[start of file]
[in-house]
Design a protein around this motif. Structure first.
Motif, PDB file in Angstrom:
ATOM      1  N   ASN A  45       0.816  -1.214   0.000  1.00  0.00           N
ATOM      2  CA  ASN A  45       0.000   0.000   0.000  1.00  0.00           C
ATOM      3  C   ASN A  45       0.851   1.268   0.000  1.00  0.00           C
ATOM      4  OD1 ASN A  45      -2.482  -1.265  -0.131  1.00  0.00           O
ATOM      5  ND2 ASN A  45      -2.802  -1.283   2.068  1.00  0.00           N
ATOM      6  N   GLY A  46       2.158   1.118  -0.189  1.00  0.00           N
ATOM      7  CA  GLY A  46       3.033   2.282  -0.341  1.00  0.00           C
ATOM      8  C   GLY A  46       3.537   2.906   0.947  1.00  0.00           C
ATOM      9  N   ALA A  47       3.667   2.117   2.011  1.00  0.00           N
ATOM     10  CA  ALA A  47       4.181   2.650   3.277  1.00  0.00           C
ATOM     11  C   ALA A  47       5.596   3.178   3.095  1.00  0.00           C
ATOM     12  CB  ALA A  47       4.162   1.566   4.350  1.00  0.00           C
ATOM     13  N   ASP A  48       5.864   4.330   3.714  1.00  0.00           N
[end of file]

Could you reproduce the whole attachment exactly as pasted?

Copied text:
[in-house]
Design a protein around this motif. Structure first.
Motif, PDB file in Angstrom:
ATOM      1  N   ASN A  45       0.816  -1.214   0.000  1.00  0.00           N
ATOM      2  CA  ASN A  45       0.000   0.000   0.000  1.00  0.00           C
ATOM      3  C   ASN A  45       0.851   1.268   0.000  1.00  0.00           C
ATOM      4  OD1 ASN A  45      -2.482  -1.265  -0.131  1.00  0.00           O
ATOM      5  ND2 ASN A  45      -2.802  -1.283   2.068  1.00  0.00           N
ATOM      6  N   GLY A  46       2.158   1.118  -0.189  1.00  0.00           N
ATOM      7  CA  GLY A  46       3.033   2.282  -0.341  1.00  0.00           C
ATOM      8  C   GLY A  46       3.537   2.906   0.947  1.00  0.00           C
ATOM      9  N   ALA A  47       3.667   2.117   2.011  1.00  0.00           N
ATOM     10  CA  ALA A  47       4.181   2.650   3.277  1.00  0.00           C
ATOM     11  C   ALA A  47       5.596   3.178   3.095  1.00  0.00           C
ATOM     12  CB  ALA A  47       4.162   1.566   4.350  1.00  0.00           C
ATOM     13  N   ASP A  48       5.864   4.330   3.714  1.00  0.00           N